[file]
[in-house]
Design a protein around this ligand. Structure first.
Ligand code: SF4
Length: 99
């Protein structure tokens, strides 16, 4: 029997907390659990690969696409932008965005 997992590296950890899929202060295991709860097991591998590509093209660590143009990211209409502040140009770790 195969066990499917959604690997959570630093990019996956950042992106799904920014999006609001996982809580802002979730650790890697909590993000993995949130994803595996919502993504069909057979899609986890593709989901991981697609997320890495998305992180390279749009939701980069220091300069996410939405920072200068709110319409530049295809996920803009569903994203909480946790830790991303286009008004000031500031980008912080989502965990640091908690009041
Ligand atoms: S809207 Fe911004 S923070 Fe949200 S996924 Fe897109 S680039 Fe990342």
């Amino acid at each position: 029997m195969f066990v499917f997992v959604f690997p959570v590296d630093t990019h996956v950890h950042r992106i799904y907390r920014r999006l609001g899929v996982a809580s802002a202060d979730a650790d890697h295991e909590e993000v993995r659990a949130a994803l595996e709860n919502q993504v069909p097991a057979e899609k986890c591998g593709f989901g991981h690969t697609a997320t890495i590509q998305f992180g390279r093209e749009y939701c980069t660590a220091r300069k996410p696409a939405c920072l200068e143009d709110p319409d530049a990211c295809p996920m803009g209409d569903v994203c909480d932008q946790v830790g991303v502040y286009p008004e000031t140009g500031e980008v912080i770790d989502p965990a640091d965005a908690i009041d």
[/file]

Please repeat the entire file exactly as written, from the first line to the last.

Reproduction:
[in-house]
Design a protein around this ligand. Structure first.
Ligand code: SF4
Length: 99
């Protein structure tokens, strides 16, 4: 029997907390659990690969696409932008965005 997992590296950890899929202060295991709860097991591998590509093209660590143009990211209409502040140009770790 195969066990499917959604690997959570630093990019996956950042992106799904920014999006609001996982809580802002979730650790890697909590993000993995949130994803595996919502993504069909057979899609986890593709989901991981697609997320890495998305992180390279749009939701980069220091300069996410939405920072200068709110319409530049295809996920803009569903994203909480946790830790991303286009008004000031500031980008912080989502965990640091908690009041
Ligand atoms: S809207 Fe911004 S923070 Fe949200 S996924 Fe897109 S680039 Fe990342």
């Amino acid at each position: 029997m195969f066990v499917f997992v959604f690997p959570v590296d630093t990019h996956v950890h950042r992106i799904y907390r920014r999006l609001g899929v996982a809580s802002a202060d979730a650790d890697h295991e909590e993000v993995r659990a949130a994803l595996e709860n919502q993504v069909p097991a057979e899609k986890c591998g593709f989901g991981h690969t697609a997320t890495i590509q998305f992180g390279r093209e749009y939701c980069t660590a220091r300069k996410p696409a939405c920072l200068e143009d709110p319409d530049a990211c295809p996920m803009g209409d569903v994203c909480d932008q946790v830790g991303v502040y286009p008004e000031t140009g500031e980008v912080i770790d989502p965990a640091d965005a908690i009041d």